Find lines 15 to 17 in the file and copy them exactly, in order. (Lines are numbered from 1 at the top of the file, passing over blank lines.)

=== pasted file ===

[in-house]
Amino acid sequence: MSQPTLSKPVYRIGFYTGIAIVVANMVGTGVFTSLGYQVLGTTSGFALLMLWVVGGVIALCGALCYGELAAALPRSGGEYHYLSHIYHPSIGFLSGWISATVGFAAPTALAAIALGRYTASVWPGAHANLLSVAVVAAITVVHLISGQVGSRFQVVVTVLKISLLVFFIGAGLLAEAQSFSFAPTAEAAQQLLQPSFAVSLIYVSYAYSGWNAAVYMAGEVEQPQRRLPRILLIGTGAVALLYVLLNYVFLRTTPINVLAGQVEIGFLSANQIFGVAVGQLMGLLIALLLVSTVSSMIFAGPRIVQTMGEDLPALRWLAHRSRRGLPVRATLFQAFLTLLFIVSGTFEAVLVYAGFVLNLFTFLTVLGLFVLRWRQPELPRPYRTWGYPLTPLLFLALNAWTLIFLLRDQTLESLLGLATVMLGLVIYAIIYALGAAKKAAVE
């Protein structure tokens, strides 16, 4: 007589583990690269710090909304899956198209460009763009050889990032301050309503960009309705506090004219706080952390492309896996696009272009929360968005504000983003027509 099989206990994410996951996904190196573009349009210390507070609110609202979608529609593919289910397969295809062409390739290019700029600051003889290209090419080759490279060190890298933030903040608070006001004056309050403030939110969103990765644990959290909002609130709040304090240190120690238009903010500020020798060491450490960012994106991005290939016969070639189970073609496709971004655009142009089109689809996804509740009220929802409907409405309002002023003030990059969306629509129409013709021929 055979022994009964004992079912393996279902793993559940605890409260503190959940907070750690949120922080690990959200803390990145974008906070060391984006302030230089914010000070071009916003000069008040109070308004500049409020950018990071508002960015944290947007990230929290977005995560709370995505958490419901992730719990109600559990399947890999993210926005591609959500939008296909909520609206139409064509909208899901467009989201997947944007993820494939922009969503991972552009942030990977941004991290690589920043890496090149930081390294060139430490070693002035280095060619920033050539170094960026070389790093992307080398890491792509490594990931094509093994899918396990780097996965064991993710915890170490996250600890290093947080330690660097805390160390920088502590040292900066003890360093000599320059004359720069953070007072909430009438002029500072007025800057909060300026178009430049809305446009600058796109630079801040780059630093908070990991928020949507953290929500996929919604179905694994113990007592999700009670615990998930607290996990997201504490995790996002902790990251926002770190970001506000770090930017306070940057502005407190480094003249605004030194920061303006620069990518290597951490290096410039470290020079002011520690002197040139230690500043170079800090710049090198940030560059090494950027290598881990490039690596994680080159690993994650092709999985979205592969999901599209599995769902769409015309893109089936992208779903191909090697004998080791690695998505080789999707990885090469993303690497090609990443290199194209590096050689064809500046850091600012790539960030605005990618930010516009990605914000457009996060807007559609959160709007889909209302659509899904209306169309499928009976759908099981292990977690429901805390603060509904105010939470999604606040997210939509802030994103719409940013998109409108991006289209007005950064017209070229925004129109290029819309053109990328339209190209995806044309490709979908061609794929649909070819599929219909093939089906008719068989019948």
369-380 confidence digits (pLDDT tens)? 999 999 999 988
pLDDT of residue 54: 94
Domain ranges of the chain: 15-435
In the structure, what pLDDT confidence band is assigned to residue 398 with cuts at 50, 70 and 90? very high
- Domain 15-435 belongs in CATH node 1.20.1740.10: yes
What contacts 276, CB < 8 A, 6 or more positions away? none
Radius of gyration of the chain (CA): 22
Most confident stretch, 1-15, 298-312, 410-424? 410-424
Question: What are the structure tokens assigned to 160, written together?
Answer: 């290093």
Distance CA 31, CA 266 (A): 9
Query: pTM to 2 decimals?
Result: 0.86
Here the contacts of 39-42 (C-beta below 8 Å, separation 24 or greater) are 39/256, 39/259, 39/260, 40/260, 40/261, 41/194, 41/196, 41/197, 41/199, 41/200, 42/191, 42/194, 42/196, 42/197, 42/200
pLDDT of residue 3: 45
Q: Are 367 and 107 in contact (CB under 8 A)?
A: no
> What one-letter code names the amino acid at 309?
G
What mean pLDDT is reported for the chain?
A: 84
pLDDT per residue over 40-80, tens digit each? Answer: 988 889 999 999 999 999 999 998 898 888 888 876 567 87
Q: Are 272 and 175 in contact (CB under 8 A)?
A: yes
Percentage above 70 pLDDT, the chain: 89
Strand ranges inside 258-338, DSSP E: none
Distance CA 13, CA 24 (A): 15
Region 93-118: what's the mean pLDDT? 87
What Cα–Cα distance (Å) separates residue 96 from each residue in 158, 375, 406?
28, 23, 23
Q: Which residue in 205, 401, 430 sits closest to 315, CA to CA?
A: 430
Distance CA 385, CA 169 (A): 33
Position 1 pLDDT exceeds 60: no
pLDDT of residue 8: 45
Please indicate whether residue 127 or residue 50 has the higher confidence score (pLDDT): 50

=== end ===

Query: pTM to 2 decimals?
Result: 0.86
Here the contacts of 39-42 (C-beta below 8 Å, separation 24 or greater) are 39/256, 39/259, 39/260, 40/260, 40/261, 41/194, 41/196, 41/197, 41/199, 41/200, 42/191, 42/194, 42/196, 42/197, 42/200